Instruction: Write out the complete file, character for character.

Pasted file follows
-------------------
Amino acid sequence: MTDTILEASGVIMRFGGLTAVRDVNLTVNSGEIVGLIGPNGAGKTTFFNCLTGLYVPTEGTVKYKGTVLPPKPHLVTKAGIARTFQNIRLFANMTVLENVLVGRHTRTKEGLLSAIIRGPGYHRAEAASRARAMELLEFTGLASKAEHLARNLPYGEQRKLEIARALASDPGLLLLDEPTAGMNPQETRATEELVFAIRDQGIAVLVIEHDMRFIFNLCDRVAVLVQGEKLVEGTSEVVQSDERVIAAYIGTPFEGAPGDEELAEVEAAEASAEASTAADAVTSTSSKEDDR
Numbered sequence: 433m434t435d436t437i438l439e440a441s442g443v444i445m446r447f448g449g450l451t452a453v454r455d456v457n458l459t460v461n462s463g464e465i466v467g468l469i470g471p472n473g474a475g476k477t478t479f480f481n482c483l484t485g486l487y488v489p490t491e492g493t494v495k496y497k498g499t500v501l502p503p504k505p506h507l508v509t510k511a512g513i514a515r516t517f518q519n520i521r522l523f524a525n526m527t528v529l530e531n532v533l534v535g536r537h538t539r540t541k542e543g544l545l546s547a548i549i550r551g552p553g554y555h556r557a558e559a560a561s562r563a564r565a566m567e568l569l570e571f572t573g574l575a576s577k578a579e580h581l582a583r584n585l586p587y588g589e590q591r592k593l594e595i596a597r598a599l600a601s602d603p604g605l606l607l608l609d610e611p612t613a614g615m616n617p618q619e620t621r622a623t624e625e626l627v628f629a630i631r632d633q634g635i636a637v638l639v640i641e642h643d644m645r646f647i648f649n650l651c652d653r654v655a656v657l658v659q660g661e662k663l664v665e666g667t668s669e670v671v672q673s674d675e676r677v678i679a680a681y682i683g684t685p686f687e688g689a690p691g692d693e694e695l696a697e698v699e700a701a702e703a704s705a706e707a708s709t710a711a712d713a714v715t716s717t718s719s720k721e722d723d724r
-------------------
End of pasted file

Amino acid sequence: MTDTILEASGVIMRFGGLTAVRDVNLTVNSGEIVGLIGPNGAGKTTFFNCLTGLYVPTEGTVKYKGTVLPPKPHLVTKAGIARTFQNIRLFANMTVLENVLVGRHTRTKEGLLSAIIRGPGYHRAEAASRARAMELLEFTGLASKAEHLARNLPYGEQRKLEIARALASDPGLLLLDEPTAGMNPQETRATEELVFAIRDQGIAVLVIEHDMRFIFNLCDRVAVLVQGEKLVEGTSEVVQSDERVIAAYIGTPFEGAPGDEELAEVEAAEASAEASTAADAVTSTSSKEDDR
Numbered sequence: 433m434t435d436t437i438l439e440a441s442g443v444i445m446r447f448g449g450l451t452a453v454r455d456v457n458l459t460v461n462s463g464e465i466v467g468l469i470g471p472n473g474a475g476k477t478t479f480f481n482c483l484t485g486l487y488v489p490t491e492g493t494v495k496y497k498g499t500v501l502p503p504k505p506h507l508v509t510k511a512g513i514a515r516t517f518q519n520i521r522l523f524a525n526m527t528v529l530e531n532v533l534v535g536r537h538t539r540t541k542e543g544l545l546s547a548i549i550r551g552p553g554y555h556r557a558e559a560a561s562r563a564r565a566m567e568l569l570e571f572t573g574l575a576s577k578a579e580h581l582a583r584n585l586p587y588g589e590q591r592k593l594e595i596a597r598a599l600a601s602d603p604g605l606l607l608l609d610e611p612t613a614g615m616n617p618q619e620t621r622a623t624e625e626l627v628f629a630i631r632d633q634g635i636a637v638l639v640i641e642h643d644m645r646f647i648f649n650l651c652d653r654v655a656v657l658v659q660g661e662k663l664v665e666g667t668s669e670v671v672q673s674d675e676r677v678i679a680a681y682i683g684t685p686f687e688g689a690p691g692d693e694e695l696a697e698v699e700a701a702e703a704s705a706e707a708s709t710a711a712d713a714v715t716s717t718s719s720k721e722d723d724r